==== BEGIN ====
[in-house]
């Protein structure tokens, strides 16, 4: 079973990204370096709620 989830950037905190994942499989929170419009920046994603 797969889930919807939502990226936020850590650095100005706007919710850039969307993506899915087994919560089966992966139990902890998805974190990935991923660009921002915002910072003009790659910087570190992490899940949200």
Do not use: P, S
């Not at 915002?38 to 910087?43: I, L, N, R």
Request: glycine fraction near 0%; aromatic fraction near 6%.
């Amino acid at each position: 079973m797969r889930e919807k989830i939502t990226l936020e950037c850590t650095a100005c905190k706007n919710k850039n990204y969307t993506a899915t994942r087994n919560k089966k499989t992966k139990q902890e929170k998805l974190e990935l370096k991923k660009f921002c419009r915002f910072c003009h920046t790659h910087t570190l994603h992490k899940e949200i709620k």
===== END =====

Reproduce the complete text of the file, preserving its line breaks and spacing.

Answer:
[in-house]
């Protein structure tokens, strides 16, 4: 079973990204370096709620 989830950037905190994942499989929170419009920046994603 797969889930919807939502990226936020850590650095100005706007919710850039969307993506899915087994919560089966992966139990902890998805974190990935991923660009921002915002910072003009790659910087570190992490899940949200």
Do not use: P, S
């Not at 915002?38 to 910087?43: I, L, N, R």
Request: glycine fraction near 0%; aromatic fraction near 6%.
């Amino acid at each position: 079973m797969r889930e919807k989830i939502t990226l936020e950037c850590t650095a100005c905190k706007n919710k850039n990204y969307t993506a899915t994942r087994n919560k089966k499989t992966k139990q902890e929170k998805l974190e990935l370096k991923k660009f921002c419009r915002f910072c003009h920046t790659h910087t570190l994603h992490k899940e949200i709620k």